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7.3 Quadratic Patterns

7.3 Quadratic Patterns
  • Math Help

    In Example 1, how do you know that the pattern is not linear? Because the first differences are not the same, the pattern cannot be linear. Also, notice that each difference is greater than the preceding difference, which means the rate of increase is increasing. This also supports the conclusion that the pattern is not linear. [Recall from Section 7.1 that a sequence of numbers has a linear pattern when each successive number increases (or decreases) by the same amount.]

    In Example 1, note that the "speed" listed in the table is the velocity of the bat when it makes contact with the ball. Also, the situation in Example 1 has been simplified by not considering several factors, such as air resistance and air density.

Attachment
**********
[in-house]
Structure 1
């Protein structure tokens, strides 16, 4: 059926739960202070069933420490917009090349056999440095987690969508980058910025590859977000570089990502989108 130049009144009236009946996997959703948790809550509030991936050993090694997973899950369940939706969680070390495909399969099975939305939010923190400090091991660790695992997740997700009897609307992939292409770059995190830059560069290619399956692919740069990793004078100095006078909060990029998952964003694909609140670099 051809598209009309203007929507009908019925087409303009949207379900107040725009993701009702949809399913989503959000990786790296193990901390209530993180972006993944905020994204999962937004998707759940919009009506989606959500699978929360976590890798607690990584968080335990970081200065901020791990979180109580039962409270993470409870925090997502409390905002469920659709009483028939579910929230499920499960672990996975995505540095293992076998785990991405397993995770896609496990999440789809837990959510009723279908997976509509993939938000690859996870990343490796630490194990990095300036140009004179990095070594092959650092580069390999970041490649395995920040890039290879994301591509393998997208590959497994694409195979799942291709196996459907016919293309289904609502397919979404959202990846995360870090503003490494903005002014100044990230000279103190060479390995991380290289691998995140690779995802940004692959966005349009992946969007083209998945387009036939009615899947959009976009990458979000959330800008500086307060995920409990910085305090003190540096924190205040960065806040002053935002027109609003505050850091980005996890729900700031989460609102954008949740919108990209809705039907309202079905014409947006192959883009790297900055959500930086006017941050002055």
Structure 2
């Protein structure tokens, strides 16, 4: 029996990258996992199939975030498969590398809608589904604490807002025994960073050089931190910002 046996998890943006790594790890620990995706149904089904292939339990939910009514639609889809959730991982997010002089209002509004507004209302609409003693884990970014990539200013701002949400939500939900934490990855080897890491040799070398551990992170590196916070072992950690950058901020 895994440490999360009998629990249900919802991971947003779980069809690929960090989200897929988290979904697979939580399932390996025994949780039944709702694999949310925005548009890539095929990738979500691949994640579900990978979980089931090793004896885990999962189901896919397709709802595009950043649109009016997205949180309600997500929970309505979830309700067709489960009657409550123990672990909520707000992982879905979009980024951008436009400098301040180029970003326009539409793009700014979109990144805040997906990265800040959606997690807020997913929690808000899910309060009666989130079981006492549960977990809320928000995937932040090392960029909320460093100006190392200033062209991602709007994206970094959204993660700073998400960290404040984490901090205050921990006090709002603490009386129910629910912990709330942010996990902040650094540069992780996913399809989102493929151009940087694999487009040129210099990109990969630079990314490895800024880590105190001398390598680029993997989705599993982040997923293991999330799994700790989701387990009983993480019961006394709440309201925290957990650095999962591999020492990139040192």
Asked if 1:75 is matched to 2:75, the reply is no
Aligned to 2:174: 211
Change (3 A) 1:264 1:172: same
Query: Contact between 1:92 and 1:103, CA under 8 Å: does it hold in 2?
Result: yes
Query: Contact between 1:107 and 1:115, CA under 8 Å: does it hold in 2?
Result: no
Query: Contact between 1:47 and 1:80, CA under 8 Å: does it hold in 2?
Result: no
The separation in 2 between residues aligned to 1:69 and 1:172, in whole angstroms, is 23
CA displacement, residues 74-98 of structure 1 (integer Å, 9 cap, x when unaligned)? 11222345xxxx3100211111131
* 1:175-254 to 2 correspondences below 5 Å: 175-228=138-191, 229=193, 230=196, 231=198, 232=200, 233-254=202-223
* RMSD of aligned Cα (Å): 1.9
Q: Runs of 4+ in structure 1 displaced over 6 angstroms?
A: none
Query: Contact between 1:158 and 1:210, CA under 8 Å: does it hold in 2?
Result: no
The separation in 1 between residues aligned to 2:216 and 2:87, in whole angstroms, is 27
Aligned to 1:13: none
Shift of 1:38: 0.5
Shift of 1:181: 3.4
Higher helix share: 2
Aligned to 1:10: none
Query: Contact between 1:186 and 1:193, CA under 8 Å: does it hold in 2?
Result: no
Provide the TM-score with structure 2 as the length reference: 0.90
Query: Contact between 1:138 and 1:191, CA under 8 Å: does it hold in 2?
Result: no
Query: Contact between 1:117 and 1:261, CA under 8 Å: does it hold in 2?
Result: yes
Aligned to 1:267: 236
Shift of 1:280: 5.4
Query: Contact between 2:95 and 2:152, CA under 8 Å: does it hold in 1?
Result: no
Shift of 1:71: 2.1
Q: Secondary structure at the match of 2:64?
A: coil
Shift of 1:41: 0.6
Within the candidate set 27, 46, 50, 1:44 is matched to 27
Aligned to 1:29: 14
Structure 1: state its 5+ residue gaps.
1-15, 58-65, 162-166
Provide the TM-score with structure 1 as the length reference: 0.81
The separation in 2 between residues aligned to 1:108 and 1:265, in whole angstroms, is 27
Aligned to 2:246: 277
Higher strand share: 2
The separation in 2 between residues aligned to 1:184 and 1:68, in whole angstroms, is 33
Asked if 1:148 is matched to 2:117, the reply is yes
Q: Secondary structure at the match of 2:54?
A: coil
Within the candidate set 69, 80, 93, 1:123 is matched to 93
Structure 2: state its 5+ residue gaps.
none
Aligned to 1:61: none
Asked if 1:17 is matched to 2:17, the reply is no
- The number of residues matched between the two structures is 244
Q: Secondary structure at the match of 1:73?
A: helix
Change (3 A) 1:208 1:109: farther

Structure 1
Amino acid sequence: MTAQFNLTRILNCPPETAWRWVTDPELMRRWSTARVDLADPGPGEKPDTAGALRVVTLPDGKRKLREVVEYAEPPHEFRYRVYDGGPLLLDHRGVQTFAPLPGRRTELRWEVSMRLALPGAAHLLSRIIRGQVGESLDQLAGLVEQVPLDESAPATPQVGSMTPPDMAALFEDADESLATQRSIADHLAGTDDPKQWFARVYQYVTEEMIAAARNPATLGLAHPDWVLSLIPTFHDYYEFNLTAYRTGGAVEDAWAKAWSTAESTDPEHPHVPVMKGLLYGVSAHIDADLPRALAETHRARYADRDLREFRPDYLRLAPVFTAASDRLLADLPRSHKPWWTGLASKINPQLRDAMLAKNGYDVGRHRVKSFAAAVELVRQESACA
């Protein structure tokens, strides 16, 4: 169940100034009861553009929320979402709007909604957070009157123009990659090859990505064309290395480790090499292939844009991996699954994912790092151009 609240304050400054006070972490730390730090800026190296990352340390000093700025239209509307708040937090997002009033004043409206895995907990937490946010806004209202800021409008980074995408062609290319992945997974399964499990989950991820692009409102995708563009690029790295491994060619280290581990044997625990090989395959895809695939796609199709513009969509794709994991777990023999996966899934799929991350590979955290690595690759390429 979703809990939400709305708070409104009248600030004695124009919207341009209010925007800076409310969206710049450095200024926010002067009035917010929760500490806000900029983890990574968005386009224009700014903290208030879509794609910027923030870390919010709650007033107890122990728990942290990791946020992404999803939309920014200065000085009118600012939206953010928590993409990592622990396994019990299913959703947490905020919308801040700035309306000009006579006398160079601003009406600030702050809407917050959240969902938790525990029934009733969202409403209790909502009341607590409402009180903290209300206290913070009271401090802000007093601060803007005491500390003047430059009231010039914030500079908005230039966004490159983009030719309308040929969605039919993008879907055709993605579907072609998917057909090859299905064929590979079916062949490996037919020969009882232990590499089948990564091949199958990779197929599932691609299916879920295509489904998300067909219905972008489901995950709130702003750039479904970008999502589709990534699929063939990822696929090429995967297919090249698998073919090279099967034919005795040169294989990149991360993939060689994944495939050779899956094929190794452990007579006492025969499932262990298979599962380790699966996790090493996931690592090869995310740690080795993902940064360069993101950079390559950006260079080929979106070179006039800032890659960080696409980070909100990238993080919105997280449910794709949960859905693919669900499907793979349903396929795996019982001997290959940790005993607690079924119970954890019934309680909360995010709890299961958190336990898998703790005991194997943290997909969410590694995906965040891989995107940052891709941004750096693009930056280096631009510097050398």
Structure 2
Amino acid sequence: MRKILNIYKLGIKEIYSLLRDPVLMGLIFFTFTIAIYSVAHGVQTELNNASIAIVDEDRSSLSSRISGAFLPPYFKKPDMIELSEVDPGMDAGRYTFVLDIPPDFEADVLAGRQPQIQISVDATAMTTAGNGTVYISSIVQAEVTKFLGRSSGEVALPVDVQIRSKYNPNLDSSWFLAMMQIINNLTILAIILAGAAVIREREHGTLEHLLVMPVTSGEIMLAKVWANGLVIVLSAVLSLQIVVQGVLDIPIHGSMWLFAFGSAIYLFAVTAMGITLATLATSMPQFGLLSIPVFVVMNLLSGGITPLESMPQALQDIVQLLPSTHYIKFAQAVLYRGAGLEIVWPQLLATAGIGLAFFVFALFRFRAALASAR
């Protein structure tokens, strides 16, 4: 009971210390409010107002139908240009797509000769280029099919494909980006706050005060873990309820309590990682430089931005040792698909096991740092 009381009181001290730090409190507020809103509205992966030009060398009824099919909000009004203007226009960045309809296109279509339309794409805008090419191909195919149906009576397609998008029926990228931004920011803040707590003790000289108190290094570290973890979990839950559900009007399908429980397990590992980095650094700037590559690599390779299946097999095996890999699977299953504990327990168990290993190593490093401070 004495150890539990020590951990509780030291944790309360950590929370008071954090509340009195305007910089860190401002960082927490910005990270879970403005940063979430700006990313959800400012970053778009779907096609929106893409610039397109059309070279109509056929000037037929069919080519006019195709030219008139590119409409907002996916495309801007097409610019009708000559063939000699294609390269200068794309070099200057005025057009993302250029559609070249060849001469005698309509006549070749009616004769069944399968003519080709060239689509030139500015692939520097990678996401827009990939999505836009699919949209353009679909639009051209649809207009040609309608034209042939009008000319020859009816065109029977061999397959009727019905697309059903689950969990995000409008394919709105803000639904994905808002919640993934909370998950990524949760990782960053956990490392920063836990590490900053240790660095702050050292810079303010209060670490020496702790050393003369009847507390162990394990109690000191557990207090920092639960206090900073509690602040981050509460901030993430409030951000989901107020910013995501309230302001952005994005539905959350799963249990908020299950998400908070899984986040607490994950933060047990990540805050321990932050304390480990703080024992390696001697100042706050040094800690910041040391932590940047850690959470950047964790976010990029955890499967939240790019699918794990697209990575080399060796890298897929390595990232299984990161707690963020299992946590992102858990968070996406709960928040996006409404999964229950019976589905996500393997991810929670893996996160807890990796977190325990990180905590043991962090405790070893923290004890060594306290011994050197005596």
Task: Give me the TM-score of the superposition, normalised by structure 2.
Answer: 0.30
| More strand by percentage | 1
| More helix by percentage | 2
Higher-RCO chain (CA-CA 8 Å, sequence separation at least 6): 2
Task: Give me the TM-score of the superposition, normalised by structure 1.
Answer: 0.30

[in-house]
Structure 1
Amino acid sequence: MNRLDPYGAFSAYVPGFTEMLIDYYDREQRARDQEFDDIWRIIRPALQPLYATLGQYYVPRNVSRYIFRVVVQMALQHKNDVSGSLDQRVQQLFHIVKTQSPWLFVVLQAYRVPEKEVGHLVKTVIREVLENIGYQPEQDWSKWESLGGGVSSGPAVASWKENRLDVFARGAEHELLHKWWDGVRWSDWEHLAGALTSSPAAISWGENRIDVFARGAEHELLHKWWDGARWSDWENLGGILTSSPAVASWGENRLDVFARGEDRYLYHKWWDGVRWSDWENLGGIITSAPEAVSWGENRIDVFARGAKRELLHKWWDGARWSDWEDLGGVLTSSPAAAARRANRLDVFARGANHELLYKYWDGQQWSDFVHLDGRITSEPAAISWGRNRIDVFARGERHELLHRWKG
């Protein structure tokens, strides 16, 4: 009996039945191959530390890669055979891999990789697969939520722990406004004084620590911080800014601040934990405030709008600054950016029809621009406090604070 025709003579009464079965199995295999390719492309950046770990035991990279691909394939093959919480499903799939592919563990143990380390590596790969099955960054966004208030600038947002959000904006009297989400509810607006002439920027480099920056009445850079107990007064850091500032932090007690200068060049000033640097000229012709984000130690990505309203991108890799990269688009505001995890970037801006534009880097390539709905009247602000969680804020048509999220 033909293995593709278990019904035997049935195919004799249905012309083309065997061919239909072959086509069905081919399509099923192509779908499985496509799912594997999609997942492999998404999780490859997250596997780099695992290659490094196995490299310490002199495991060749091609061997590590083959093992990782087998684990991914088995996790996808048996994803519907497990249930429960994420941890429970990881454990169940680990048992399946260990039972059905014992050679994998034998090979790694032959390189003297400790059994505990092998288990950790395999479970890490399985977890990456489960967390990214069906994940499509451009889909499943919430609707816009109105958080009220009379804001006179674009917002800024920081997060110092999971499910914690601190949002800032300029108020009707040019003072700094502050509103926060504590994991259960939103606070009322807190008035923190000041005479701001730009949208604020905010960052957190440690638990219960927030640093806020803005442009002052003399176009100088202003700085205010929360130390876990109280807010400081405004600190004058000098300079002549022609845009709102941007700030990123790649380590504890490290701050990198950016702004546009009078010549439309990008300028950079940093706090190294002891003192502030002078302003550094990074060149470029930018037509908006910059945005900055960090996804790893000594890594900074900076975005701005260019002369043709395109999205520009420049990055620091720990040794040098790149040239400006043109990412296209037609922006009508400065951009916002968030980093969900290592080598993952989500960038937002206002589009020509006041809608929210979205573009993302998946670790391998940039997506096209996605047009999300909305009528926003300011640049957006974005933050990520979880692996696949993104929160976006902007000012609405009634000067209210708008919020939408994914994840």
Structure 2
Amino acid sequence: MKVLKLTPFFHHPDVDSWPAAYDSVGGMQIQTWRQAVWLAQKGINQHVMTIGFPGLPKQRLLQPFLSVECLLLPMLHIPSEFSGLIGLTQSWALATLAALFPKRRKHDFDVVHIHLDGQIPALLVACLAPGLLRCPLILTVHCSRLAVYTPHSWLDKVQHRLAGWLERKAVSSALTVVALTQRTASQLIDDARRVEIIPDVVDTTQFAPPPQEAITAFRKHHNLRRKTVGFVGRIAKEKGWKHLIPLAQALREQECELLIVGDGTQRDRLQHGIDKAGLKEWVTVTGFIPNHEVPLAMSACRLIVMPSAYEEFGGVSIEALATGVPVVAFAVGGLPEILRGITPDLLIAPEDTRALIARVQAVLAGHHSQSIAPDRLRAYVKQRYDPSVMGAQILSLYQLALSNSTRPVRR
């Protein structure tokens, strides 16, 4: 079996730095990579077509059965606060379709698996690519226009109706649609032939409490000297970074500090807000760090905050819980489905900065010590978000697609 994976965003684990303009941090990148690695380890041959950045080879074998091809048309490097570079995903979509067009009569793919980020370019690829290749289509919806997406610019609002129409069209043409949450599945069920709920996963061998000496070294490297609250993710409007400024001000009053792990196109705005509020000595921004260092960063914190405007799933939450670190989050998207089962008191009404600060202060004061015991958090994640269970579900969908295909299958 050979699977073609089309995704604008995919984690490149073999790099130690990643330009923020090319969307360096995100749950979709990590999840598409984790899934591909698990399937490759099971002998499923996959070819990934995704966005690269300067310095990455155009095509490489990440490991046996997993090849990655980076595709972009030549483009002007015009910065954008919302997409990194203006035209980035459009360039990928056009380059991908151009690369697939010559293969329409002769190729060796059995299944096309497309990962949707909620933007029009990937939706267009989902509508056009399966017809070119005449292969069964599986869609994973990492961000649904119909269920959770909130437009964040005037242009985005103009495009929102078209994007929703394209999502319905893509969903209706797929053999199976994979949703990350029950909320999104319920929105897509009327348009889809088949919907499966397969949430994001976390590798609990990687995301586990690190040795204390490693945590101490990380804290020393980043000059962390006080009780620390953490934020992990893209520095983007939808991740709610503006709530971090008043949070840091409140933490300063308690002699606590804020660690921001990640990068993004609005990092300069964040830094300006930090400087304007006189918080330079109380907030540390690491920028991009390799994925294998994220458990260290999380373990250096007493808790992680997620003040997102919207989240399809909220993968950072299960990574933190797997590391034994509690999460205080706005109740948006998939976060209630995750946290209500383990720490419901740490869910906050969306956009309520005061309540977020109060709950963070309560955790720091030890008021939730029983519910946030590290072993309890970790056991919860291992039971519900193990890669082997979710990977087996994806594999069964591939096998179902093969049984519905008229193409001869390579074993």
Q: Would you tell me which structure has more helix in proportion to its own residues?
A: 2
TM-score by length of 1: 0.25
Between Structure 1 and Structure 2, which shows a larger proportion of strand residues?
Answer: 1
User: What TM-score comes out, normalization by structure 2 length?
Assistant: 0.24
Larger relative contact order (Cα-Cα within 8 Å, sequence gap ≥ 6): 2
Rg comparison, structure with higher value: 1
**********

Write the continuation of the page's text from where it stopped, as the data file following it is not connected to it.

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  • Checkpoint Solution

    Continue the pattern from when speed is 115 mph. The second difference is a constant 1, so the first difference between 115 mph and 120 mph increases to 33, and the first difference between 120 mph and 125 mph increases to 34, making the distance equal to 397 + 33 + 34 = 464 when speed is 125 mph.

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    Ron Larson (author)1 decade ago |
    The reason that objects with little air resistance travel in parabolic (or quadratic) paths is that their acceleration downward (toward Earth) is constant. In calculus, this is described by saying that the second derivative is constant.